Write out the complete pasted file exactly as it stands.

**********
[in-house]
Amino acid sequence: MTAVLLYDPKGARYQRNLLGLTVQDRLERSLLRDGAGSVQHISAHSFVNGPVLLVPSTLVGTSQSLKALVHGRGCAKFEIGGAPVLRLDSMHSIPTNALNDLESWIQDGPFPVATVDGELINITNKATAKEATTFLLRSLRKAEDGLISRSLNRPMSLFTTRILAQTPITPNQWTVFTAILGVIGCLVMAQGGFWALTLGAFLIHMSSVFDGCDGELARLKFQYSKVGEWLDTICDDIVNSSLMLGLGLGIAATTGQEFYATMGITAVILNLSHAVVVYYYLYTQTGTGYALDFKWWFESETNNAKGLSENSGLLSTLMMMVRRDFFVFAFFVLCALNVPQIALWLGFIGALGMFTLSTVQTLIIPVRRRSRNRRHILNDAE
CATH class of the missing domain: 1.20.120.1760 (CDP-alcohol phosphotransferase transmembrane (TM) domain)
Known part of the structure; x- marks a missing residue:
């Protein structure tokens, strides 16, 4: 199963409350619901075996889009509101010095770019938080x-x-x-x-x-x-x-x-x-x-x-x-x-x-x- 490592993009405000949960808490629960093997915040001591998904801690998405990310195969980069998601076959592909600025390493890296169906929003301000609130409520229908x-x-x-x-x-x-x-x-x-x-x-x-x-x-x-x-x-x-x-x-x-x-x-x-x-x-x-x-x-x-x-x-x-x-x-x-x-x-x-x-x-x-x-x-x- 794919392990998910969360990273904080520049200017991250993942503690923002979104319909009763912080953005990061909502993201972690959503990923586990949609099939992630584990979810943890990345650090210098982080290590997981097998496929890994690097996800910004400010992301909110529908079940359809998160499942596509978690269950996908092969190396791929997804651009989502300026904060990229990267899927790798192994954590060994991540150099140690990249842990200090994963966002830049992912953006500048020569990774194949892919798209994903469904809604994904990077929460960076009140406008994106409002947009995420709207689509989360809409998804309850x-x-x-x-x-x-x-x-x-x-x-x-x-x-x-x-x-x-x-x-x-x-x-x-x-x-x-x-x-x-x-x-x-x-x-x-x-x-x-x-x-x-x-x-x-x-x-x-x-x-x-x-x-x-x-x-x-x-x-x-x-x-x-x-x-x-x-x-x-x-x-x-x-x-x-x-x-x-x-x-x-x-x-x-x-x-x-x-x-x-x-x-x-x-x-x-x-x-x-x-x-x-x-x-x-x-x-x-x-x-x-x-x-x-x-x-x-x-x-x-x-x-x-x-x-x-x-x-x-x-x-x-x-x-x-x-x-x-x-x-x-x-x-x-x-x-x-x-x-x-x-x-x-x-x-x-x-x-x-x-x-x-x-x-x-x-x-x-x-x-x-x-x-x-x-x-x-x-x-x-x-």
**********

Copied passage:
[in-house]
Amino acid sequence: MTAVLLYDPKGARYQRNLLGLTVQDRLERSLLRDGAGSVQHISAHSFVNGPVLLVPSTLVGTSQSLKALVHGRGCAKFEIGGAPVLRLDSMHSIPTNALNDLESWIQDGPFPVATVDGELINITNKATAKEATTFLLRSLRKAEDGLISRSLNRPMSLFTTRILAQTPITPNQWTVFTAILGVIGCLVMAQGGFWALTLGAFLIHMSSVFDGCDGELARLKFQYSKVGEWLDTICDDIVNSSLMLGLGLGIAATTGQEFYATMGITAVILNLSHAVVVYYYLYTQTGTGYALDFKWWFESETNNAKGLSENSGLLSTLMMMVRRDFFVFAFFVLCALNVPQIALWLGFIGALGMFTLSTVQTLIIPVRRRSRNRRHILNDAE
CATH class of the missing domain: 1.20.120.1760 (CDP-alcohol phosphotransferase transmembrane (TM) domain)
Known part of the structure; x- marks a missing residue:
């Protein structure tokens, strides 16, 4: 199963409350619901075996889009509101010095770019938080x-x-x-x-x-x-x-x-x-x-x-x-x-x-x- 490592993009405000949960808490629960093997915040001591998904801690998405990310195969980069998601076959592909600025390493890296169906929003301000609130409520229908x-x-x-x-x-x-x-x-x-x-x-x-x-x-x-x-x-x-x-x-x-x-x-x-x-x-x-x-x-x-x-x-x-x-x-x-x-x-x-x-x-x-x-x-x- 794919392990998910969360990273904080520049200017991250993942503690923002979104319909009763912080953005990061909502993201972690959503990923586990949609099939992630584990979810943890990345650090210098982080290590997981097998496929890994690097996800910004400010992301909110529908079940359809998160499942596509978690269950996908092969190396791929997804651009989502300026904060990229990267899927790798192994954590060994991540150099140690990249842990200090994963966002830049992912953006500048020569990774194949892919798209994903469904809604994904990077929460960076009140406008994106409002947009995420709207689509989360809409998804309850x-x-x-x-x-x-x-x-x-x-x-x-x-x-x-x-x-x-x-x-x-x-x-x-x-x-x-x-x-x-x-x-x-x-x-x-x-x-x-x-x-x-x-x-x-x-x-x-x-x-x-x-x-x-x-x-x-x-x-x-x-x-x-x-x-x-x-x-x-x-x-x-x-x-x-x-x-x-x-x-x-x-x-x-x-x-x-x-x-x-x-x-x-x-x-x-x-x-x-x-x-x-x-x-x-x-x-x-x-x-x-x-x-x-x-x-x-x-x-x-x-x-x-x-x-x-x-x-x-x-x-x-x-x-x-x-x-x-x-x-x-x-x-x-x-x-x-x-x-x-x-x-x-x-x-x-x-x-x-x-x-x-x-x-x-x-x-x-x-x-x-x-x-x-x-x-x-x-x-x-x-």